About a week ago, my roommate and I were laying on our beds, scrolling through pictures from a hike we had previously gone on. We were discussing which ones we wanted to post on Instagram, and what time would be the “optimal Insta time.”

After a couple of minutes of this, we both realized how dumb the conversation was. Why did it matter what time we posted our pictures? Who cares if you post two pictures in one day (#2pics1day, am I right?) What really makes a picture “Insta-worthy?”

This got our conversation rolling as we discussed the idea that the majority of our generation lives by certain “Instagram rules.” These rules consist of things like not posting more than one picture a day (unless you do something incredibly cool, of course, and if you do, you can’t post that second picture without someone remarking on the fact that you posted two pictures in one day) and not “liking” someone’s picture or not “following” someone basically means that you don’t like that person or you are currently mad at them. These rules aren’t written out anywhere, and yet, we all seem to live by them. And that’s an issue.

Countless times, I have overheard people saying, “I’m annoyed with her so I’m not going to like her Instagram picture.” Sure, you don’t have to like every picture, and you can be selective with your likes, whether you are conscious of that or not, but when you purposefully go out of your way to not like someone’s picture to “make a point,” that’s when problems arise.

Since when did we start using social media sites like Instagram, Twitter, and Facebook to be passive-aggressive? Instead of discussing any issues we have with one another, we place all of the energy on not liking that Instagram picture, that tweet, or that profile picture. And, really, what kind of benefit does that have?

Hint: There is no benefit.

Why do we care so much about our social media profiles? Why do we spend so much time coming up with the perfect line for our biographies (especially when it always ends up consisting of your college, your graduation year, and your sorority anyway.) Why do we agonize over which pictures are good enough for Instagram, or wait until it's prime time Insta-time to post our pictures? Why do we use filters and send screenshots of “Instagram options” to our group chats before posting anything? Why do we spend more time writing the captions than actually taking the pictures?

And I know why, but I really wish it wasn’t the truth. We do all of this to maximize likes, to maximize our online presence and following. Each like we get is a confidence booster, and every time our follower counts go up we silently applaud ourselves because we “must be doing something right.”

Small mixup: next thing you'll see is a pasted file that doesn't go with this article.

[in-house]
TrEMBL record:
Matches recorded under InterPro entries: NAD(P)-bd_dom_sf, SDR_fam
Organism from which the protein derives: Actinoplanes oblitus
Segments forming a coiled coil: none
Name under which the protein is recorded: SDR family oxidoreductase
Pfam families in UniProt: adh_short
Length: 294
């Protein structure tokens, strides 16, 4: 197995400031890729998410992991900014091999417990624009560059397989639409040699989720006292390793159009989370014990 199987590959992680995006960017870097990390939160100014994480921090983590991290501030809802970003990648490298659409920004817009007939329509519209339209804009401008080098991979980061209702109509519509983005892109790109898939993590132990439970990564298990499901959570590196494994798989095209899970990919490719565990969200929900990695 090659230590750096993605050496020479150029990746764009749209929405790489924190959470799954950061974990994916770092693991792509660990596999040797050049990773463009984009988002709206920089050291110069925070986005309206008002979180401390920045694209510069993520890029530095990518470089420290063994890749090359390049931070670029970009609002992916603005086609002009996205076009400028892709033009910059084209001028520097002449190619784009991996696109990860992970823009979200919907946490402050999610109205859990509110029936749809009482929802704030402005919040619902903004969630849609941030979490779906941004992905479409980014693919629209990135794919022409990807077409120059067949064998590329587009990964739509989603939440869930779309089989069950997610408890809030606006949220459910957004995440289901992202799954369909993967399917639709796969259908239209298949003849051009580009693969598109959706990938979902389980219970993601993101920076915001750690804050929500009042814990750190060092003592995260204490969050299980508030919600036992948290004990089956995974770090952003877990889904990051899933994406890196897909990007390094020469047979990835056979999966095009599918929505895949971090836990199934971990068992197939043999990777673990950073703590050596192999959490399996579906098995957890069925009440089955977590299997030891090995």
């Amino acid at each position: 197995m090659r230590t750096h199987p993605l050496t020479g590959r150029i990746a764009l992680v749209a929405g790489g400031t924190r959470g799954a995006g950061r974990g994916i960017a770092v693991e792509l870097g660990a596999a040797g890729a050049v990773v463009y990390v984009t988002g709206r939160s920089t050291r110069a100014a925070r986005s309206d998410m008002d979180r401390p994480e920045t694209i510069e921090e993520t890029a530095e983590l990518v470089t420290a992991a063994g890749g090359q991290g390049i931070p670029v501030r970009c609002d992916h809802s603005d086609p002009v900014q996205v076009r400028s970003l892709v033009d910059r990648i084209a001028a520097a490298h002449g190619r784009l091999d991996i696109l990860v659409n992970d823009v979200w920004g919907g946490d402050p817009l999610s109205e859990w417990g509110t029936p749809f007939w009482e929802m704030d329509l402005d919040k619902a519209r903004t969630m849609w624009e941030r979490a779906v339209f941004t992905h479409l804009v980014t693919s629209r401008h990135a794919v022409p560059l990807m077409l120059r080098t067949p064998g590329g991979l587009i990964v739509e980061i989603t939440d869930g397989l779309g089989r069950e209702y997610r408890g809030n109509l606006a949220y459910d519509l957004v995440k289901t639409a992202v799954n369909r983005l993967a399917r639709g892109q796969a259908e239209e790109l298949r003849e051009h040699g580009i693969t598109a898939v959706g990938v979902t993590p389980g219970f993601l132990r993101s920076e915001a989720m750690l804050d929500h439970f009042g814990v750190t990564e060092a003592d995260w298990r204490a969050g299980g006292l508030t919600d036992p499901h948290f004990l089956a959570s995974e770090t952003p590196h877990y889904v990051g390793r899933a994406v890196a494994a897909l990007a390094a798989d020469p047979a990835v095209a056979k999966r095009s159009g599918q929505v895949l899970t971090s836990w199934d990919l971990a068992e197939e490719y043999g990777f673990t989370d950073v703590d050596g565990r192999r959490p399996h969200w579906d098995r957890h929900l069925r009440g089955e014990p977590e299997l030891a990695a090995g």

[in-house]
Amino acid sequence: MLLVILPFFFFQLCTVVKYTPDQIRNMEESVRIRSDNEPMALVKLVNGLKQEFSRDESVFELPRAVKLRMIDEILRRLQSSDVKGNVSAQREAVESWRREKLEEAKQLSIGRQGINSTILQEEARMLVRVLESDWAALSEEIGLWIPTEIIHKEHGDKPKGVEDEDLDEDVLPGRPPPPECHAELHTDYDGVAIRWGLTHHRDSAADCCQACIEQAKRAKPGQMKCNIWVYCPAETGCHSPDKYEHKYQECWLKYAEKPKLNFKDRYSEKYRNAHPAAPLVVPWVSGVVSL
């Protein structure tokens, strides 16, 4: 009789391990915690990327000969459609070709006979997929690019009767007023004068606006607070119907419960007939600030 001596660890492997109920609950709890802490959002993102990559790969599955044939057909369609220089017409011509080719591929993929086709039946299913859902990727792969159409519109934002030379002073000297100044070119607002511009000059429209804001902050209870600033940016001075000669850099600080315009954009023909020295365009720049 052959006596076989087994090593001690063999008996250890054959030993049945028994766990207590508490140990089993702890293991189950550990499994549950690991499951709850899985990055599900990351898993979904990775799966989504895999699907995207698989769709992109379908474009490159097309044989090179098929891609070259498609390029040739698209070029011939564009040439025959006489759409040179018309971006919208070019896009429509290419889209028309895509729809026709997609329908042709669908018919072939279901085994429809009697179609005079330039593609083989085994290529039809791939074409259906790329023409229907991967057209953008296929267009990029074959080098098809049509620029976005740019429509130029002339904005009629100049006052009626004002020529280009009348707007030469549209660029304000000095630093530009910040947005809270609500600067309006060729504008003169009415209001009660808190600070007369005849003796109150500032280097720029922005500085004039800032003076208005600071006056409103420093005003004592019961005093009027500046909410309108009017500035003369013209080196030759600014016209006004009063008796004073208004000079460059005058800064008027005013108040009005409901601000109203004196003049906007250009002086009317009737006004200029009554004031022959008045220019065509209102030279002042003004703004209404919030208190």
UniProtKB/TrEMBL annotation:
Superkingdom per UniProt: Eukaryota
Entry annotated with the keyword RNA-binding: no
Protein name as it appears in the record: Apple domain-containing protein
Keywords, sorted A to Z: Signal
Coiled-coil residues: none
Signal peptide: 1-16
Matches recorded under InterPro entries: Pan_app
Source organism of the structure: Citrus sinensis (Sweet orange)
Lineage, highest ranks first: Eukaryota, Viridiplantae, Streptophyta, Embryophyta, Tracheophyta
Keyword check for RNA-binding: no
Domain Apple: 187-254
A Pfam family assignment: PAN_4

We live in an era where social media is our world, and that is both good and bad. In no way do I think that everyone uses social media this way, but I do believe that a very large amount of people do view their social media profiles as a very important part of their lives, and a very important part of who they are as people. Believe it or not, you are more than a string of tweets and pictures.

In regards to the controversy from quite a few months ago about whether or not social media is real life, I think that social media is real life and at the same time it isn’t. I think that social media is what each individual user makes it. Yes, your life may be full of beautiful smoothie bowls, flawless skin, perfect outfits, and parties, but at the same time, your life could also be full of binge-eating pizza, blemishes, sweatpants, and actually having a horrible time at that frat party you posted a picture at.

We selectively choose what to reveal on social media, choosing what is going to depict our most perfect lives. Which is fine, but the problem really arises when we begin to invest so much of our lives into our online profiles and presence, and start to lose our real world presence. Don’t make every event you go to about getting a picture for Instagram. Don’t let social media rule your life. Don’t make social media feel like a job, when it’s not. Don’t feel as if you have to live by these unspoken Instagram rules.

And lastly, don’t take so many pictures that at the end of the day you lose sight of what was really going on around you outside of the picture frame.